Format:Hardcover|Verified Purchase
I must have read a different book than the one reviewed so unfavorably here, although the title and the author are the same. "Reflections of a Wine Merchant" was exactly what I had hoped it would be when I bought the book for my husband, the winemaker in the family. He found the book opinionated but dead-on right, and he felt that it was about time that someone wrote to decry the industrialization of wine and the homogenization of taste. When we have finally lost the ability to appreciate terroir or even the opportunity to experience it, we will be all the poorer for it, and we can only hope that through the efforts of people like Rosenthal that never happens.

There are huge philosophical differences among vintners and wine merchants about what constitutes good wine; my husband and I have read quite a few books on the subject. My husband's methods are of the old school which lets the grape speak for itself and turn into whatever it will become, whereas the newer school, represented more by California, Chile, and Australia, wants a product that will be the same across batches and regardless of the provenance of the grapes, and so they use embellishments to enhance the wine in order to be able to sell it young and standardize the product. What one prefers is a personal choice but it's important to recognize that there is a difference.

Rosenthal's descriptions of his interactions with vintners, positive and negative, were fascinating and offered insights into both the sociology and the techniques of the ancient craft of winemaking. I found his writing to be adept, descriptive, and on point. My granddaughter is about to enter the sixth grade, and were she to express herself a third as well as Neal Rosenthal does here, her teachers would be amazed and ecstatic. Please don't let the previous reviewers discourage you from buying and reading this book, especially if you have an interest in understanding the possibilities and potential of wine.
4 of 4 people found the following review helpful
4.0 out of 5 stars a light read, fairly interesting... 3.5/5 20 Aug 2008
By S. Flask - Published on
i enjoyed reflections... but i certianly don't think it's going to go down as one of the greatest wine books ever written, and i don't think it makes as much of a statement as it could have.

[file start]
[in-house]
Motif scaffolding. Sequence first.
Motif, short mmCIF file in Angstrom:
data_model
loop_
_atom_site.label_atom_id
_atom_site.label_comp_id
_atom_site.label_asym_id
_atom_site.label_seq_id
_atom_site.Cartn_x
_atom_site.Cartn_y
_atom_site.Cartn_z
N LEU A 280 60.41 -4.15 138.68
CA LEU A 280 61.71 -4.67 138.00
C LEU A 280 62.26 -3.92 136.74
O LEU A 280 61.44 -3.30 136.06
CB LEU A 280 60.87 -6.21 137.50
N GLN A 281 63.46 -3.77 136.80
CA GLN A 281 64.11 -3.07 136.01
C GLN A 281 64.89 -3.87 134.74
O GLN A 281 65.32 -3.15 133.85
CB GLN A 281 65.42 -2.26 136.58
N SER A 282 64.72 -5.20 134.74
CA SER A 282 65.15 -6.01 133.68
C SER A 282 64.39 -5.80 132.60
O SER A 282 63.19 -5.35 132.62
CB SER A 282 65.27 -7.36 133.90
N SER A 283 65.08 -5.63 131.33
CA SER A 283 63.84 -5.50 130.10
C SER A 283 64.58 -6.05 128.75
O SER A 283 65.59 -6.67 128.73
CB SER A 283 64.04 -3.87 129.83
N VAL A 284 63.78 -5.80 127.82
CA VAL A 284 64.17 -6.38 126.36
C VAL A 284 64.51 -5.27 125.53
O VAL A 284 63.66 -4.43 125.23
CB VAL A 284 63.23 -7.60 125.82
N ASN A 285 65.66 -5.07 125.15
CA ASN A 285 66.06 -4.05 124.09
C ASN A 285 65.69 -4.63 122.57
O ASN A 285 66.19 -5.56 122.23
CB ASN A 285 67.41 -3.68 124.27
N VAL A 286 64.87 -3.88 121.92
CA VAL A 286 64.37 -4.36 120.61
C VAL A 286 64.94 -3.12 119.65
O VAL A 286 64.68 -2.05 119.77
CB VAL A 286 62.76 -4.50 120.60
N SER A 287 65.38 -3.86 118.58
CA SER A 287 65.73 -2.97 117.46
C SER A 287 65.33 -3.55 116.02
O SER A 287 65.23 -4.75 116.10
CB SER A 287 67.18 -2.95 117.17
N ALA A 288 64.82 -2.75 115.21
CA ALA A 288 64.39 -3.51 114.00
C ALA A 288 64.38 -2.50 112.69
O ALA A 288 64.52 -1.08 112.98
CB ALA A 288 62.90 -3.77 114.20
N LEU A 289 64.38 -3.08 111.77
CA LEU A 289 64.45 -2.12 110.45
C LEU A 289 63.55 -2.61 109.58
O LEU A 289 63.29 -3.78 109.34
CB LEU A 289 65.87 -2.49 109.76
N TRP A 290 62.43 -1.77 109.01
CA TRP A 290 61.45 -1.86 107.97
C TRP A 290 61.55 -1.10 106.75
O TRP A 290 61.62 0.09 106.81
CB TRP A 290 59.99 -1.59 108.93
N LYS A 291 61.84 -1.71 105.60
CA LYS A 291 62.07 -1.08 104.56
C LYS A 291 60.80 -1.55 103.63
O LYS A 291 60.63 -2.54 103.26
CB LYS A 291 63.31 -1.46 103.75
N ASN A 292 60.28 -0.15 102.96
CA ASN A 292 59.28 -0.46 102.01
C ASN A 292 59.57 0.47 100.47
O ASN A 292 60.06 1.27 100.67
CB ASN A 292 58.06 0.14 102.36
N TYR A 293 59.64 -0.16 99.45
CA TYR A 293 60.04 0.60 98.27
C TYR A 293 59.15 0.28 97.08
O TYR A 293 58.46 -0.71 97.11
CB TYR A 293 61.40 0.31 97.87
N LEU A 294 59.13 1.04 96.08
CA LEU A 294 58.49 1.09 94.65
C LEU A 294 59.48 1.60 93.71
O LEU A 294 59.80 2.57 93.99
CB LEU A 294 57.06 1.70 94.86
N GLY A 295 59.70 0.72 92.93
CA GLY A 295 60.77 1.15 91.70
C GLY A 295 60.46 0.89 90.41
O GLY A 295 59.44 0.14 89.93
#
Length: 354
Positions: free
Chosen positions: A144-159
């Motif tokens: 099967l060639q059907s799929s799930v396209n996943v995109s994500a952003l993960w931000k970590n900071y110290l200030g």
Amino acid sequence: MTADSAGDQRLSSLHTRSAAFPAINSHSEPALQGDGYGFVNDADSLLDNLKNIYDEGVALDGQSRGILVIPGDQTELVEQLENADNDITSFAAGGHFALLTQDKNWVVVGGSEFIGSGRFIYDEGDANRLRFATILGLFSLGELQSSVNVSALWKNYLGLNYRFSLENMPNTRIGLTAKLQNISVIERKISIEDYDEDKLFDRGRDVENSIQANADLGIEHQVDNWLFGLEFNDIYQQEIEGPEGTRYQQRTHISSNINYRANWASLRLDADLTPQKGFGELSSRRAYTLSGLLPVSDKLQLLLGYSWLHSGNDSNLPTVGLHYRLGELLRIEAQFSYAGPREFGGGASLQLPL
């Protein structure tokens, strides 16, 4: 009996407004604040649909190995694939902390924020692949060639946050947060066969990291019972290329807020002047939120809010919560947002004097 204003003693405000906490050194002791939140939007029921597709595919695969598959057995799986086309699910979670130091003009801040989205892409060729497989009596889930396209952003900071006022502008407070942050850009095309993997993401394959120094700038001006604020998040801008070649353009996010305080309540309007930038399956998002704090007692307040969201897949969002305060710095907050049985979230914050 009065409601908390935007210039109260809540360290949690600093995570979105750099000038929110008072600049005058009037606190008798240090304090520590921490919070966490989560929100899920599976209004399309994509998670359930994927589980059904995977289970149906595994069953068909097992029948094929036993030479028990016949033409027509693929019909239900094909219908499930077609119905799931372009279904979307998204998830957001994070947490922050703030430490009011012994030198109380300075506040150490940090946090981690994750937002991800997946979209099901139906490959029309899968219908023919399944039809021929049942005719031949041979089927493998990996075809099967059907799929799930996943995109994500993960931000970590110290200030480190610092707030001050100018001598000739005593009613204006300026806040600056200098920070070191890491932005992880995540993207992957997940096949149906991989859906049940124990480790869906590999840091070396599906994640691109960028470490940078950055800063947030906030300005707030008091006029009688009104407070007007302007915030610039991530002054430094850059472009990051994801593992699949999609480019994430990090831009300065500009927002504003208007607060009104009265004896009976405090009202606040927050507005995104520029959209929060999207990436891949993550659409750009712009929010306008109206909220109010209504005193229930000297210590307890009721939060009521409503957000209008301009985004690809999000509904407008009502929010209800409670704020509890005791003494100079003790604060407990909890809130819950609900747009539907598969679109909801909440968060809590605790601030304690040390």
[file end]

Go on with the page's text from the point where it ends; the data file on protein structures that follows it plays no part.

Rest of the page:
the book is essentially a collection of stories about people rosenthal has encountered over the years, and how their story fits - or doesn't fit - into rosenthal's importing business and view of what the wine world should be. for instance, the story of a family/producer in piedmont embodies everything he loves about wine, while a relationship with a producer in burgundy crumbles as they insist on making changes he doesn't feel are for the best. the stories are generally interesting, however i don't feel they'll appeal to those who aren't truly interested in the subject matter. (however if you've made it to this page, you probably ARE interested in the subject matter.)

i echo the sentiment that rosenthal spends a bit of time ranking on people by name. it's not really vengeful stuff as some other reviews have implied, but the problem is that it's not really done with a lot of finesse or class either. it doesn't portray the author in the best light, and makes you question his own personality to some extent. this doesn't destroy the book, but it does detract from the experience a bit.

finally, i feel the book doesn't have a ton of focus. there's not a really strong thread running through it. i know it's a collection of stories, but considering the experiences rosenthal has had over the course of the last 30 years, in addition to his very strong feelings about what wine should be, i think the book could have driven home more of a message. maybe rosenthal didn't want this to be too agenda driven, but i thought the result made it a little light.

all this said, this is worth reading, especially if you're a fan of rosenthal's views on what wines should be. come to think of it, you should probably read it if you *don't* share rosenthal's views on what wines should be.
13 of 17 people found the following review helpful
1.0 out of 5 stars Thin and bitter... 23 May 2008
By Chambolle - Published on
Format:Hardcover|Verified Purchase
Perhaps this is an exercise in piling on, but it must be said... this book is a tremendous disappointment. Mr. Rosenthal vents his spleen on a variety of topics and people, with little in the way of real insight to offer. The prose is sometimes comically stilted and reads like bad legal writing. Often a single sentence rambles on for a good part of a page, bearing the weight three or four sentences should carry.

His heart is in the right place: wines with character and sense of place, made for keeping. But between the small minded jabs at a pantheon of enemies, the rotten writing and the sheer superficiality of it all... No. Don't bother. Instant bargain bin material.